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Health Policy

CEO update by Sue Brown, ARMA

The general election is now in full swing. In amongst the Brexit debate, the NHS has been getting quite a bit of attention, albeit somewhat narrow in focus. I hope that after the election, whoever is in government, this debate will widen so that we can talk about health, not just the NHS, about more than hospitals, doctors and nurses.

One other thing an election brings is restrictions on what government bodies are allowed to do. For me that has meant lots of cancelled meetings, including one between the Minister leading on prevention and ARMA members. As soon as we know who will be responsible after the election, we will request the meeting is rescheduled. Prevention is more important in MSK than many people think, so we need to maintain its profile in this agenda.

There’s a lot going on in the NHS at the moment. At times it can feel difficult to keep up, but it also means there are lots of opportunities. Take the recent ARMA roundtable on pain (look out for the report coming soon). Some of those involved have been working on the issue for decades and during that time little has changed – in England at least; Scotland has made a bit more progress. Despite this, at the end of the afternoon there was a feeling of optimism, a feeling that some things in the NHS are moving in the right direction, that there are opportunities to get pain on the agenda in the right way.

I look forward to working with ARMA members to capitalise on these opportunities, not just around pain but also to drive MSK further up the NHS agenda until it has the profile it really deserves. MSK isn’t just doctors and nurses; it’s across the whole system. People with MSK conditions need support from a wide range of professionals, and they need them to work together effectively, even when not located in the same place or employed by the same person. Change is needed at every level – better public health and prevention services; support from primary and community health, and in hospital. People need this to join up seamlessly. They need everything from Primary Care Networks to transforming outpatients programmes to think MSK and put the patient at the centre.

The ARMA annual lecture is always a highlight of my November calendar. This year, as well as an excellent lecture on mental health from Brendon Stubbs, I had the privilege to use the opportunity to thank Peter Kay on behalf of the whole MSK community for his six years of hard work as National Clinical Director for MSK. In this time, he has worked tirelessly to drive MSK up the agenda, with a high degree of success. It’s in the NHS Long Term Plan, featured heavily in the Prevention Green Paper and there is now an MSK programme within Public Health England. Peter was a fantastic partner to ARMA and leaves a strong legacy for his yet to be announced successor.

However, there is still much to do. Whatever the political landscape after the election, I’m looking forward to working with ARMA members and a whole range of stakeholders to continue this drive for change. I’d like to thank our newsletter readers for your support in 2019. I hope you get a break at some point over the festive season, and I look forward to working with you all in 2020.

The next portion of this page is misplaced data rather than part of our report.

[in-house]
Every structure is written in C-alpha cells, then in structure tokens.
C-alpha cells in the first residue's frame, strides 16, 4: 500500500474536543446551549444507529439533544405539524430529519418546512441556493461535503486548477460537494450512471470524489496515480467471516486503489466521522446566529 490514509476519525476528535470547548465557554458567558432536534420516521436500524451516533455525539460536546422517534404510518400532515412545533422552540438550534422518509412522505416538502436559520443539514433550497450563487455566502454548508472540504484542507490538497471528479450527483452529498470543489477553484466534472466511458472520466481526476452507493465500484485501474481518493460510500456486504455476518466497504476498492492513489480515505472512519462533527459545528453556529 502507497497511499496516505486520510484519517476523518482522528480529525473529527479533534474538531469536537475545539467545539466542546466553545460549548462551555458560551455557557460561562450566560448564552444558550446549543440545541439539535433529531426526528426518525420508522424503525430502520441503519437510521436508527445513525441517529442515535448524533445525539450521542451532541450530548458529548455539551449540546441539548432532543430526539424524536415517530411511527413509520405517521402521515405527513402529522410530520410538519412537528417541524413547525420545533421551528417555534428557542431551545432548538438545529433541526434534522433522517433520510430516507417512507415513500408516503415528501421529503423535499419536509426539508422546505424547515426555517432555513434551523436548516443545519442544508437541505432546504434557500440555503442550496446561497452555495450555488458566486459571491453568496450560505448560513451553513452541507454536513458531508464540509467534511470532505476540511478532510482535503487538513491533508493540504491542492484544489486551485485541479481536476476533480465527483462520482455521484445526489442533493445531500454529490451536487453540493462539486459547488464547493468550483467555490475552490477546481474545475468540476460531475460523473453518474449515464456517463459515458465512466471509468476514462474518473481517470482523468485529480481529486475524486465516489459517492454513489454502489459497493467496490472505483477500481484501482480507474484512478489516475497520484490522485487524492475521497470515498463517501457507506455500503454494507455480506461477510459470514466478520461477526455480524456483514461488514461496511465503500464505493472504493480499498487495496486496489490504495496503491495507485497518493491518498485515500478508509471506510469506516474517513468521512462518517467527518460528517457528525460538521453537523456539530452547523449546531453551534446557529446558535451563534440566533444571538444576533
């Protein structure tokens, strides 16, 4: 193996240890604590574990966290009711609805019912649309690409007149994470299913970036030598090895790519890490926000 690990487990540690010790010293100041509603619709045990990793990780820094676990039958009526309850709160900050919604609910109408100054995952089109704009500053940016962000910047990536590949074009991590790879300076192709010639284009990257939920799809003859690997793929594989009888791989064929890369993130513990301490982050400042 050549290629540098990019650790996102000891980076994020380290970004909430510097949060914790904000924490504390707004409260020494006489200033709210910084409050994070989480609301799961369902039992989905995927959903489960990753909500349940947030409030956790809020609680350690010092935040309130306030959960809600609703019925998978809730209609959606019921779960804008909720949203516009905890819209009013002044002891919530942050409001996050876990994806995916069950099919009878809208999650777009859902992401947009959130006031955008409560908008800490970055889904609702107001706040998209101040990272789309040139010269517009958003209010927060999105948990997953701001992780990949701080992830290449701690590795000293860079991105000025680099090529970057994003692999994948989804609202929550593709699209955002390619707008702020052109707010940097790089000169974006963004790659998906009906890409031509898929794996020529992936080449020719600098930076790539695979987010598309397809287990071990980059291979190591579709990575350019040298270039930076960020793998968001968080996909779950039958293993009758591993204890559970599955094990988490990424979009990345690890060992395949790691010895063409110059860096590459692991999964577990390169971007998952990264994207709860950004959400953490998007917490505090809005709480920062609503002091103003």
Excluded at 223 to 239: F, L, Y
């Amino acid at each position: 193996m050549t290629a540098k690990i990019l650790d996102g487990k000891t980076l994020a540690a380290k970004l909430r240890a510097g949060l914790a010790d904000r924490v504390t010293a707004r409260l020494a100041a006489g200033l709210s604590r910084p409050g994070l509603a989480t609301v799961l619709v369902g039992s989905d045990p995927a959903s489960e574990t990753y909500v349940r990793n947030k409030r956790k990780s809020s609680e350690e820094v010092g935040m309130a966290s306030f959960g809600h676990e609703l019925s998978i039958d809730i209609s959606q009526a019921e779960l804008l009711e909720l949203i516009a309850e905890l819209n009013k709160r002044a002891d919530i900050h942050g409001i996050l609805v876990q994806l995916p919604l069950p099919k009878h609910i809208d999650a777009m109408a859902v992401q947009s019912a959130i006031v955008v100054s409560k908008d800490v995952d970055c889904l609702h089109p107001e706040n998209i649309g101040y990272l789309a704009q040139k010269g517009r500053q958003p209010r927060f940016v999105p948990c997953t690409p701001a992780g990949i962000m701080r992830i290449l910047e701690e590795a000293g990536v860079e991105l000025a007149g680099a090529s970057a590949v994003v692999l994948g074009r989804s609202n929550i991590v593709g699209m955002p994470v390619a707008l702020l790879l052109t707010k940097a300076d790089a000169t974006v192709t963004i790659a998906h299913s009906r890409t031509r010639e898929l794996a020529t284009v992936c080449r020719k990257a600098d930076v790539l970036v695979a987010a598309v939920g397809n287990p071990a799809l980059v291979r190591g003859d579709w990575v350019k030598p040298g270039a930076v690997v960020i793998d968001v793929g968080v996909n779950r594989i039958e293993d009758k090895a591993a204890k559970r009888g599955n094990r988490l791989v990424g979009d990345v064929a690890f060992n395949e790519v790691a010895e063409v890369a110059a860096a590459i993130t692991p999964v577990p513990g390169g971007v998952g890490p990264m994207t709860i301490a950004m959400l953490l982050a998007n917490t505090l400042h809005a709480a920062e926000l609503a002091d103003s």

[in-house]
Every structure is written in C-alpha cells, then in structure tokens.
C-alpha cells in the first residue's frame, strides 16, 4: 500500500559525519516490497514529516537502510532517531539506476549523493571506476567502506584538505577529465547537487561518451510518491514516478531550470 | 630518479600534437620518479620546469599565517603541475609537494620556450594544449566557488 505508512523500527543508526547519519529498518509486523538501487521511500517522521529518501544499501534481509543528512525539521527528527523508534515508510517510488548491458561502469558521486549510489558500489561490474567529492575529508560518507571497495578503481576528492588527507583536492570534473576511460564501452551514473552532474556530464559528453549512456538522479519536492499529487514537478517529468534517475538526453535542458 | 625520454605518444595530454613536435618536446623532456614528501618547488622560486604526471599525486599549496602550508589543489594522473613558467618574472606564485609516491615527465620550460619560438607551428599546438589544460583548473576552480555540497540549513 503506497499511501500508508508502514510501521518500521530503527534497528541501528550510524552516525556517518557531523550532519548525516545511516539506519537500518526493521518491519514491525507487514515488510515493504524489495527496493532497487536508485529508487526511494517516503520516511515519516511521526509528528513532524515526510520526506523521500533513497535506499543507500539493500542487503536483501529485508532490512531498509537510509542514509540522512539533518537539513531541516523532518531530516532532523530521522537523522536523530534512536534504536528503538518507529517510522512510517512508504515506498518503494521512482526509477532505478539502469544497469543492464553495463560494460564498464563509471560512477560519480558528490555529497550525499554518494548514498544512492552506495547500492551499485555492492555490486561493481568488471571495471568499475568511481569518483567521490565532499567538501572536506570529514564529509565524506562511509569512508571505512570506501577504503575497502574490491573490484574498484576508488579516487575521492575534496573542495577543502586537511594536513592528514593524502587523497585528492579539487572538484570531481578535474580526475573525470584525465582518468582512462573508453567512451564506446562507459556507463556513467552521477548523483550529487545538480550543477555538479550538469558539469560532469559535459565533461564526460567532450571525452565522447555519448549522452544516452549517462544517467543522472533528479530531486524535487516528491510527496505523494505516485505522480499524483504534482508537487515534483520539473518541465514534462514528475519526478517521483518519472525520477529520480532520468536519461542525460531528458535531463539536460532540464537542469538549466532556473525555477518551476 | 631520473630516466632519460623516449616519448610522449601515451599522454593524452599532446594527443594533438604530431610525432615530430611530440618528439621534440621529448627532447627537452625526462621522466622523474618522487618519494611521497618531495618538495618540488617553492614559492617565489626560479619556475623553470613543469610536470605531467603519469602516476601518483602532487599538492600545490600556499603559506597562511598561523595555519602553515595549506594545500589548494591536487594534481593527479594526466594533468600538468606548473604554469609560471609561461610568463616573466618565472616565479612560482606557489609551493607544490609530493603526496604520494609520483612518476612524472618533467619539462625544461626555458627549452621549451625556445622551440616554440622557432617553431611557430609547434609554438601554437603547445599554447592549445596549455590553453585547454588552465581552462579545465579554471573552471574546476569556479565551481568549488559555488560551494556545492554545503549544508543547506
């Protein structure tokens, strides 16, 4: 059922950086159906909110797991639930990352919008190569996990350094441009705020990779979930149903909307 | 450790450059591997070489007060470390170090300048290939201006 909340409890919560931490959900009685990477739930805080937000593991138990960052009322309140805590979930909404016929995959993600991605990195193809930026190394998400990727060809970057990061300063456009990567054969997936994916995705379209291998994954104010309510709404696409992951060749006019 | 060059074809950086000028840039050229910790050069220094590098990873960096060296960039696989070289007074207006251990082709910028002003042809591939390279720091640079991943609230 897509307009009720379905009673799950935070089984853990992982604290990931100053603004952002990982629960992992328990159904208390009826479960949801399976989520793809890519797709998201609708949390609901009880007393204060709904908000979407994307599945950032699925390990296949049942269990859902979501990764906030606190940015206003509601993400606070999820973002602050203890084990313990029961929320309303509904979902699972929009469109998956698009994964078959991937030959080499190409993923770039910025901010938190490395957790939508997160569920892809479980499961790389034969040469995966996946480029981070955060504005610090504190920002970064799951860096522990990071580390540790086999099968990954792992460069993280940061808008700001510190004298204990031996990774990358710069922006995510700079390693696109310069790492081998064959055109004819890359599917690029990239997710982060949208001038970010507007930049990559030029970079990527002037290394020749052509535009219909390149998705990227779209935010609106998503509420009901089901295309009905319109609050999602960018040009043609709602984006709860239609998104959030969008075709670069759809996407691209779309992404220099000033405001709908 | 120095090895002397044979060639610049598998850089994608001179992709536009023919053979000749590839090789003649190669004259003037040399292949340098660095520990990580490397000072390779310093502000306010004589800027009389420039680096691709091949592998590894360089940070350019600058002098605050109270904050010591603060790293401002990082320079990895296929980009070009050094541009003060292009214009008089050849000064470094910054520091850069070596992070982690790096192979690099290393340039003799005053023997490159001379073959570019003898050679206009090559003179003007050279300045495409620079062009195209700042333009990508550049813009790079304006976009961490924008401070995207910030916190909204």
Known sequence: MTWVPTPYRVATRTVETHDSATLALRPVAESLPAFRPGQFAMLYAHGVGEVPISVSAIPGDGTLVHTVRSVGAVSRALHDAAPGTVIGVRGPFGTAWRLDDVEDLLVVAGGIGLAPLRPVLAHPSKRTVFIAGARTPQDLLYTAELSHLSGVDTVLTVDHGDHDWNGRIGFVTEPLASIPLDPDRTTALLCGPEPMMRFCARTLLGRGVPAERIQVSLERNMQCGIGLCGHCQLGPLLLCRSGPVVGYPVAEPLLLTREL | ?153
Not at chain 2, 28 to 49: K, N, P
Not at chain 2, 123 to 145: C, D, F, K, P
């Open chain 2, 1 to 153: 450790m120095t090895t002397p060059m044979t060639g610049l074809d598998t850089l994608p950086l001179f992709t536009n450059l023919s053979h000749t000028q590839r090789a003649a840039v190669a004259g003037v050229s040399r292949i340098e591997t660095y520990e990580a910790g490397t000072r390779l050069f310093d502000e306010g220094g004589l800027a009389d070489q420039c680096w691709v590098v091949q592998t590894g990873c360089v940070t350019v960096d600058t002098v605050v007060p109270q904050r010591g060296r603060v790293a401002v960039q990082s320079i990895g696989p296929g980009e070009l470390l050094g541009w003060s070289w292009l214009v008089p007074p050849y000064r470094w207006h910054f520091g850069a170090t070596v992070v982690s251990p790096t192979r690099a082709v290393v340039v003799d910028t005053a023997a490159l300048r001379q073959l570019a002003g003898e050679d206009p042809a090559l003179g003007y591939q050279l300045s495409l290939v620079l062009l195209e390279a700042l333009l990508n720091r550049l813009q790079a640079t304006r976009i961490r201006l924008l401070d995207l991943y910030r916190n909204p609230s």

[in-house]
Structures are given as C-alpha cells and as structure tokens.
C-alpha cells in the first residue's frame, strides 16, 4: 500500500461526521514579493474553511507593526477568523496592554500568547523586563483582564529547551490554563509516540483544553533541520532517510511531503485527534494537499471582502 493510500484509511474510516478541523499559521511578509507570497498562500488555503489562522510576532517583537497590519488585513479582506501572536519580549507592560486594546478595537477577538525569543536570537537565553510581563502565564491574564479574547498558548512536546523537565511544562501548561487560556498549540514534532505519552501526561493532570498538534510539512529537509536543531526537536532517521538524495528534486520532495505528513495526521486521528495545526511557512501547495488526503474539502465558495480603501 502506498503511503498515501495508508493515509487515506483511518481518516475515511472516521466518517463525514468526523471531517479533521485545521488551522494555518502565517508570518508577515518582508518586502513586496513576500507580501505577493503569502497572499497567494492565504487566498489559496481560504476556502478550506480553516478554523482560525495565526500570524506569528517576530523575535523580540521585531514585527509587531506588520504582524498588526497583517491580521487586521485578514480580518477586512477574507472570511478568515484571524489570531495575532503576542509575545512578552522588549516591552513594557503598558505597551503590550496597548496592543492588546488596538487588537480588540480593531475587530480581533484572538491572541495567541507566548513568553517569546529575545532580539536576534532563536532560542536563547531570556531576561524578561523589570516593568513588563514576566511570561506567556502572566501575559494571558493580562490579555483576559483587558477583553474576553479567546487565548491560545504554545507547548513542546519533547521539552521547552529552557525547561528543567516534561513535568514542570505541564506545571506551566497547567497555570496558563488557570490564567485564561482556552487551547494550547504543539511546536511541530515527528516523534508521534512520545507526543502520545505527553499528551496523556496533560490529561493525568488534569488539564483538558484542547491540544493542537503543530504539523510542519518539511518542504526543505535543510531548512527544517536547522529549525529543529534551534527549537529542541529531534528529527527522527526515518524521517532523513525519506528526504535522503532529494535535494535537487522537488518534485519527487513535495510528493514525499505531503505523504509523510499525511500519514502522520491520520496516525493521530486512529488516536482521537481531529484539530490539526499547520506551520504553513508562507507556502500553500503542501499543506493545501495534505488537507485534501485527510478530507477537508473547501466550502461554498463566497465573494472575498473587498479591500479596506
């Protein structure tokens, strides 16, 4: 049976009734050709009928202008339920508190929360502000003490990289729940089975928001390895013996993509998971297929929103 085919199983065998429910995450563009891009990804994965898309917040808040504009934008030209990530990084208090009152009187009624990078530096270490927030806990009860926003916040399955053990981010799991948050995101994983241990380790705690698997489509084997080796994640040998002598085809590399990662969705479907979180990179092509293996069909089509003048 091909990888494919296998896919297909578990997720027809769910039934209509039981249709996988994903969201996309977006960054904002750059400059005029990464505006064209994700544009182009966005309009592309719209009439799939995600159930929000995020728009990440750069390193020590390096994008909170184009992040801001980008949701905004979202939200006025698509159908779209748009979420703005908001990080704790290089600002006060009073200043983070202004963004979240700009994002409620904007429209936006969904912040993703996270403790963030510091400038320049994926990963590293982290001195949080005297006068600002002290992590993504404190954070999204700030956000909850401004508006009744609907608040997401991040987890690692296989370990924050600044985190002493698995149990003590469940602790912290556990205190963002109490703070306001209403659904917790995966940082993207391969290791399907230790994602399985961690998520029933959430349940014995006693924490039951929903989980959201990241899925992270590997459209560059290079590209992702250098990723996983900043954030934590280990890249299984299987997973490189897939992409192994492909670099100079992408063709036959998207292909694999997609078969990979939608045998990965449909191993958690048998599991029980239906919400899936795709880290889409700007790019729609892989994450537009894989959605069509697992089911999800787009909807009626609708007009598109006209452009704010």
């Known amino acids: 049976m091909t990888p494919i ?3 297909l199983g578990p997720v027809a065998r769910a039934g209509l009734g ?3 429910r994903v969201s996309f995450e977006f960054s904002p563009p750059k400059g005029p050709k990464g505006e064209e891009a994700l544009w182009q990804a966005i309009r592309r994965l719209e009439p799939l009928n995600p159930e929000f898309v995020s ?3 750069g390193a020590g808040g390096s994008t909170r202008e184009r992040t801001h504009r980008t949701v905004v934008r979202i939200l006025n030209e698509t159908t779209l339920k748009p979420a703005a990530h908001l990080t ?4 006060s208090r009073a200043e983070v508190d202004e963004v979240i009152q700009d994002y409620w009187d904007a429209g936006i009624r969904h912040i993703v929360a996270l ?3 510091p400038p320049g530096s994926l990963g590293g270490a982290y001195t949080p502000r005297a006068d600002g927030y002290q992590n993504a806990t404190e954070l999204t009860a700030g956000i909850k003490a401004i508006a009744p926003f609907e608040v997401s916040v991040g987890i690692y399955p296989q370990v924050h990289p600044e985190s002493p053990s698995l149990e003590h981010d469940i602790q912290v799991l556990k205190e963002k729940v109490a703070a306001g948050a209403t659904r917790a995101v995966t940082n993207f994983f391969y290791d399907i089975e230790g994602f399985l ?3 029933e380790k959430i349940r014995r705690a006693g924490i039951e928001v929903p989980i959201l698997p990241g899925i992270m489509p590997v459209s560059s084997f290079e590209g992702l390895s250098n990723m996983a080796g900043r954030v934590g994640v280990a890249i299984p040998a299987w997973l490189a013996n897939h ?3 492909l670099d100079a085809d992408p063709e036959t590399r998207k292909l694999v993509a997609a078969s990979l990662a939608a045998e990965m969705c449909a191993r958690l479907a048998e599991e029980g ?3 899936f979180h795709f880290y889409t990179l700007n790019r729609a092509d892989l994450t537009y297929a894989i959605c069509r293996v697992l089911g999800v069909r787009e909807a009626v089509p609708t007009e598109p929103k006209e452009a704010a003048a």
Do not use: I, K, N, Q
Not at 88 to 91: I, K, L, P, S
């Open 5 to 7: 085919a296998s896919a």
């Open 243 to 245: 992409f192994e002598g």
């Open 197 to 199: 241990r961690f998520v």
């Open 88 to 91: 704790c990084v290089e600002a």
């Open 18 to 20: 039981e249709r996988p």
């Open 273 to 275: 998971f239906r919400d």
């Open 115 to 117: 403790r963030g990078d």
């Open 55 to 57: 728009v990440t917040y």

by Ellie Davies, Acting Project Manager, Falls and Fragility Fracture Audit Programme (FFFAP)

The challenge:

520,000 cases of fragility fracture occur every year amongst those (primarily over-50s) suffering with the bone-weakening disease known as osteoporosis. That is 520,000 broken bones caused by as little as slipping in the shower, stepping off a curb even. This is not only a huge economic burden on the NHS, approximately £5.25 billion, but an epidemic that has lasting physical and emotional repercussions for sufferers. It is upsetting to learn that 42% of older people say that osteoporosis has made them feel more socially isolated.

And it’s going to get worse. For as life expectancy steadily increases, it is estimated that there will be 25% more fragility fractures by 2030, and with that a 30% rise in healthcare costs that the NHS is simply not equipped to meet. A sobering prospect yes, but a crucial reminder nonetheless that now is the time to target improvement.

The solution:

Of course, eradicating the occurrence of fragility fractures altogether is the ultimate goal. However, given that any such fracture approximately doubles the risk of another, most likely within two years, focusing on secondary prevention is an effective starting point. Rapid assessment and timely treatment post index (first) fracture could avoid thousands of secondary cases.

Fracture Liaison Services (FLS): what are they and why are they so important?

A fracture liaison service (FLS) is an NHS service which aims to reduce the risk of subsequent fractures by systematically identifying, treating and referring all eligible patients aged 50 and over who have suffered a fragility fracture to appropriate services. A FLS is a proven approach, recommended by the Department of Health, for targeting these high-risk groups and improving secondary fracture prevention.

Fracture Liaison Service Database (FLS-DB): Our mission

According to the Fracture Liaison Service Database: Commissioner’s report 2019, there are significantly fewer fracture liaison services (FLSs) available for older patients in some parts of England and Wales than others. The Fracture Liaison Service Database (FLS-DB) is not only working towards improving the care provided by existing services but making these preventative services available more widely and avoid approximately 50,000 life-altering fractures in the process.